Calls for civil rights case follow Zimmerman verdict

Baltimore pastor, NAACP ask for federal investigation; several hundred rally in Inner Harbor to protest verdict

  • People take part in a rally at McKeldin Square near the Inner Harbor to protest the verdict in the George Zimmerman trial. Zimmerman was acquitted in the 2012 shooting death of 17-year-old Trayvon Martin in Florida.
People take part in a rally at McKeldin Square near the Inner… (Baltimore Sun photo by Algerina…)
July 14, 2013|By Jamie Smith Hopkins and Carrie Wells, The Baltimore Sun

The Baltimore-based NAACP and the pastor of a city mega-church were among those calling Sunday for a federal civil rights case against George Zimmerman after the Florida man was acquitted in the shooting death of an unarmed black teenager.

Meanwhile, a crowd numbering between 300 and 400 rallied at Baltimore's Inner Harbor to register frustration and dismay with the late Saturday verdict in the death of 17-year-old Trayvon Martin.

"It was like it was my child," said Debora Evans, 57, of Baltimore, who attended the rally and choked up when she spoke about the verdict. She said it hit home for her because she is a mother. "I think black children, poor children — they're not treated the same. They don't have as much of a chance in our United States of America."

The NAACP, which shortly after the verdict put up a petition pressing the U.S. Department of Justice to act, said it quickly gained several hundred thousand signatures.

And in thundering, emotional services Sunday morning, the Rev. Jamal-Harrison Bryant of the Empowerment Temple in Baltimore told congregants that he and perhaps 100 other pastors will travel to Washington Tuesday in hopes of speaking to Attorney General Eric H. Holder Jr.

"It is not the end of it," said Bryant, an early supporter of Martin's mother, to loud affirmations and applause. "Justice must prevail."

The Justice Department said Sunday it is continuing to investigate the matter and will decide "whether the evidence reveals a prosecutable violation of any of the limited federal criminal civil rights statutes within our jurisdiction."

Martin's 2012 shooting touched off a fiery debate about race and justice in 21st century America after Zimmerman — who said he acted in self-defense — was initially not charged with a crime.

Prosecutors contended that Martin, who is black, was simply walking through Zimmerman's neighborhood after buying a snack, and that Zimmerman, whose father is white and mother is Peruvian, provoked an ultimately fatal confrontation after assuming the teen was up to no good. The defense team argued that Martin was the aggressor, breaking their client's nose and pummeling him against the sidewalk.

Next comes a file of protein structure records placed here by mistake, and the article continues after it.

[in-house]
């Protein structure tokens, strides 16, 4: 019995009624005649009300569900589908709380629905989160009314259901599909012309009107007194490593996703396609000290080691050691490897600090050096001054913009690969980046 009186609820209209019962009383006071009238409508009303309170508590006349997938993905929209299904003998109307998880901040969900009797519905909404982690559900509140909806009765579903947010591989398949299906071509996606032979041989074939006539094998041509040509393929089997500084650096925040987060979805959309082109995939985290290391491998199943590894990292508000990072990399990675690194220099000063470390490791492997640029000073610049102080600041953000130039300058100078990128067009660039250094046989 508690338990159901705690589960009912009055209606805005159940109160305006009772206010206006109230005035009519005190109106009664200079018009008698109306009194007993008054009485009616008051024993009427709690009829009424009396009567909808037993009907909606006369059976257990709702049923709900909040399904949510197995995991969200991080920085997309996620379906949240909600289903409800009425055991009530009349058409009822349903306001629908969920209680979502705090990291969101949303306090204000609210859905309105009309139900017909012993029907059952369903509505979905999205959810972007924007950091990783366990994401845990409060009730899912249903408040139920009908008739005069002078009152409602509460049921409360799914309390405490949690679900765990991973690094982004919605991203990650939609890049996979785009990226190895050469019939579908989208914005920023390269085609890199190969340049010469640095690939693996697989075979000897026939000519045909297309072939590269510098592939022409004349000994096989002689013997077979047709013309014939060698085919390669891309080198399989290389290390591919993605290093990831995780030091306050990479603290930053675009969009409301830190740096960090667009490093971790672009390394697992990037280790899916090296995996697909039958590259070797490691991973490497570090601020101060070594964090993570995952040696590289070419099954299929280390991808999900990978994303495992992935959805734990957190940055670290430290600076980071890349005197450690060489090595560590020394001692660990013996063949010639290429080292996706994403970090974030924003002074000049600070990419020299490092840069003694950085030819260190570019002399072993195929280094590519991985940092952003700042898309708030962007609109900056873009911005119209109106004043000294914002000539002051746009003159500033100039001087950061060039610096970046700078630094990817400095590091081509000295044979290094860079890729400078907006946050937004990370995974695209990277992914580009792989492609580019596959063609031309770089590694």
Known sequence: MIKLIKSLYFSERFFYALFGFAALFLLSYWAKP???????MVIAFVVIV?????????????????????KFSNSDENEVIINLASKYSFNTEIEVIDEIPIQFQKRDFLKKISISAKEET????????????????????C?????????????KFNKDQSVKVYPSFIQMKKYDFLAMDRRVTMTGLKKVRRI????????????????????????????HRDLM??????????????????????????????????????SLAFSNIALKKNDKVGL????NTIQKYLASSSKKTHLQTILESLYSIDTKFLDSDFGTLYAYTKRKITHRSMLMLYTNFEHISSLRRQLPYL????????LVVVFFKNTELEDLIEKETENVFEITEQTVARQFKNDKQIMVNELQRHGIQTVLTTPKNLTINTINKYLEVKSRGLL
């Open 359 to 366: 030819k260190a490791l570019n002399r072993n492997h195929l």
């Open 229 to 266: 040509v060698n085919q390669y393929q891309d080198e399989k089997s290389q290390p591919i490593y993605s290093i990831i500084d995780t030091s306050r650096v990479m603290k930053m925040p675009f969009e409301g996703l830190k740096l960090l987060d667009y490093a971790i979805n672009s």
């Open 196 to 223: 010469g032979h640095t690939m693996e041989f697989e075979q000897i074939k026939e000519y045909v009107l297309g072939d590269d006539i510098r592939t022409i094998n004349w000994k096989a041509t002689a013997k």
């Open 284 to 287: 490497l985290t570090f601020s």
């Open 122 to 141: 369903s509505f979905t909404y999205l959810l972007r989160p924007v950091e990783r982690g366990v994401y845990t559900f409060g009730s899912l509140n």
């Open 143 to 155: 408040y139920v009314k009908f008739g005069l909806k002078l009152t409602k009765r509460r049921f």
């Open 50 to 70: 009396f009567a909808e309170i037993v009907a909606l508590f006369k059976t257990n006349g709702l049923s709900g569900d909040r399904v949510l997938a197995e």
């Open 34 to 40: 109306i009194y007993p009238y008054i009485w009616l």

Results of the closely watched trial prompted reaction across the country, from tweets to what media reports described as largely peaceful demonstrations. Locally, members of the Baltimore People's Power Assembly gathered at the Inner Harbor Sunday morning and again in the late afternoon. The group plans another rally at 5 p.m. Monday.

The afternoon rally drew a multicultural crowd of activist groups and individuals, some speaking passionately through megaphones and microphones of how they felt the verdict was symptomatic of larger problems of race and class throughout the nation.

"The verdict for me told exactly what America feels for black men in this country," said Jonathan Gilmore, a 29-year-old Baltimore schoolteacher. "There was a definite disregard for a life here."

Gilmore, who is black, lamented the way race plays a hand in the way Baltimore children live their lives — from witnessing violence to a lack of recreational opportunities to being followed by security in the mall. "You walk out of the house differently when you're a black man," he said.

Ayo Hogans, 36, said she told her 5-year-old daughter about the Trayvon Martin case because it's important for her to understand.

Martin's "mother is never ever going to see her child again, just because one senseless person chose to take the law into his own hands," she said. "That someone feels they have the right to take someone's life with no repercussions — that's not right."

Baltimore police, who had urged people to react peacefully to the verdict, said Sunday night that there had been no reported incidents.

Hilary O. Shelton, the NAACP's senior vice president for advocacy and policy, said he was happy that "the vast majority" of demonstrators "recognized that you don't have a violent demonstration to protest a violent act."

The NAACP's own protest was its Justice Department petition, launched half an hour after the verdict. As of mid-afternoon Sunday, the group said it had collected 250,000 signatures on its own site and 125,000 more at

The Justice Department said it has had an "open investigation" into Martin's death since last year, but the FBI said last year that agents did not find evidence that racial bias played a role in the shooting.

Shelton said more details could emerge if Martin's family files a civil suit.

"Looking at all the evidence, no one denies that Mr. Zimmerman was stalking Trayvon Martin," Shelton said. "Everyone says he began following him."

Zimmerman's brother, Robert Zimmerman Jr., told CNN Sunday that the FBI investigation didn't find "any inkling of racism." In an interview with NPR that day, he said his family has been flooded with graphic threats, and he took issue with the description of Martin as unarmed.

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